“What do you want?”
“Your blood … all over me …”
When a Stranger Calls.
It’s rare when a movie title gives the audience so much so quickly. In the case of When a Stranger Calls, it gives you the entire premise for the film. From the title alone, you can discern that crap is going to go down when the phone rings. You can then sense, from the moment actress Carol Kane (playing Jill Johnson here) walks on screen that the phone is going to start ringing. And it does start ringing. It starts ringing and doesn’t stop. Well, not literally. It rings like every 15 minutes, but still, that’s pretty intense.
The basic premise of the movie, if anything about this film can be called “basic”, is that a young woman is babysitting one night when she begins receiving phone calls from an anonymous caller (later identified as Tony Beckley‘s character, Curt Duncan). The caller keeps asking her about the children. When was the last time she checked on them. Why hasn’t she checked on them. The calls keep coming, and while they are somewhat innocuous in nature, Jill becomes so unnerved she places a call to the police department.
Wouldn’t you? Damn right you would. In fact, I would have called over a girlfriend, anyone, rather than be alone in that house with those phone calls coming. But, I digress. Where’s the fun in that?
When it is finally revealed that the phone calls are coming from inside the house, from a phone line unused but never disconnected by the family currently living there, the police officer she’s been on the phone with all night, John Clifford (Charles Durning), rushes to her aid. It’s too late, however, for the two children upstairs. Duncan, the man inside the house placing the menacing calls to Jill, has beaten them to death with his bare hands.
Flash forward seven years. Curt Duncan has escaped from a mental institution and is back on the streets, well, technically he’s in a bar, trying to pick up a very dishy Colleen Dewhurst (playing Tracy). Spurned for his advances by Tracy, Curt follows her back to her apartment where he weasels his way in. The creep factor is intense during these scenes. Had the audience not known who Curt was, they would still feel the very real sense of “ew, this dude is gross” during these intimate and disarming scenes.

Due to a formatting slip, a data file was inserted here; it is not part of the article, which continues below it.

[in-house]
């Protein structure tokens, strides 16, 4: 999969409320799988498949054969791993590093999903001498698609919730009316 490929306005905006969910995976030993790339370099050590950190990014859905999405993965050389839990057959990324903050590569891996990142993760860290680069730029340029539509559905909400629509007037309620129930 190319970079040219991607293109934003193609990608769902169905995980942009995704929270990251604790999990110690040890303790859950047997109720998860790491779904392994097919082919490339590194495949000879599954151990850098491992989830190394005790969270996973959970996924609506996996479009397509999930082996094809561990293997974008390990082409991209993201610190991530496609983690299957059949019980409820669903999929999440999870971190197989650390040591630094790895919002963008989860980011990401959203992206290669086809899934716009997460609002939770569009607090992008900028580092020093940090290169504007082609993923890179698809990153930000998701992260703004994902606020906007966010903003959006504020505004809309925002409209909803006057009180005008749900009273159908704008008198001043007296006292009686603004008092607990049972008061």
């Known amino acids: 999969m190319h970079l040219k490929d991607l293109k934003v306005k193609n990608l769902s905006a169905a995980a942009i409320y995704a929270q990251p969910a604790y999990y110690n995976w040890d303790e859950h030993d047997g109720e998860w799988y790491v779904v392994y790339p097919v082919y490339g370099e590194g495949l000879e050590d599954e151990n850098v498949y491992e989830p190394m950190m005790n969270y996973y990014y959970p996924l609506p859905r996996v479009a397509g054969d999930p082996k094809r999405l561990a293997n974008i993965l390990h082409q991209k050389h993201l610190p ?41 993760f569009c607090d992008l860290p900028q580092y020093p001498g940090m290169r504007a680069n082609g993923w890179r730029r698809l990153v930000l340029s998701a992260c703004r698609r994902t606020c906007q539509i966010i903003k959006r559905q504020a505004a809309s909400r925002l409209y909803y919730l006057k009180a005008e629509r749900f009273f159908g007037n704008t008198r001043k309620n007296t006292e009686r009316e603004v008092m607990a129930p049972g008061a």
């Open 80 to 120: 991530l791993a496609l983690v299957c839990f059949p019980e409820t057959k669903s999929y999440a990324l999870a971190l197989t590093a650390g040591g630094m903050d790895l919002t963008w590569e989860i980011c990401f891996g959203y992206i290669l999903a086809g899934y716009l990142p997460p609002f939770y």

Desperate to get Duncan off the streets, Dr. Mandrakis (the father of the murdered children, played by Carmen Argenziano) hires retired cop turned private eye, John Clifford to track him down. And he does, by canvassing the city, the slums, and finally, the bars. Namely “Torchys” where Duncan had been trying to pick up on Tracy. Good thing a local beat Duncan to a pulp for not leaving Tracy alone because the bartender remembers him and points Clifford in the right direction. Together, Tracy and Clifford agree to wait for Duncan’s inevitable return to her apartment. Only, Duncan outsmarts them and is already waiting in her house … in the closet.
When Duncan confronts Tracy, he asks only to be her friend. Knowing now her intuitions to be correct, Tracy begins to scream and Duncan flees the apartment before Clifford can collar him.
Finally, Clifford finds Duncan staying in a Mission halfway house, but once again, Duncan eludes him.
Flash forward again. This time, a few weeks. Jill (the babysitter from the beginning of the film) is now married with two children, living in a beautiful neighborhood. Her husband calls to tell her to get dressed for a night on the town. He’s got big news. She should get a sitter for the night.
While the couple is at dinner, they receive a phone call.
A voice on the other line whispers into the phone: “Have you checked the children?”
It’s Duncan and he’s inside in their house …
One of the most effective aspects of the film is the three part structure utilized to build the story’s intensity through the final climactic showdown. The opening sequence is how most people will remember When a Stranger Calls, and I know it’s the main reason why my mother (after all these years) still screens every incoming phone call to her house. It’s the stuff of horror film legends.
When a Stranger Calls is also a bit of a contradictory film-going experience. On the one hand, the filmmaker’s are showing you how sinister this Curt Duncan character is. After all, he beats two children to death in their sleep for no apparent reason. But, on the other hand, the filmmaker’s try to present a man who has come unraveled, who cannot look himself in the mirror, that desperately needs help. The technique can be a bit emotionally/morally confusing and ultimately controversial.
Either way you slice it, When a Stranger Calls set the tone for future horror films such as Scream, and I Know What You Did Last Summer, and made an entire generation of babysitters have nightmares.
1980 Re-Release TV Spot: When a Stranger Calls
There’s a sequel!: When a Stranger Calls Back
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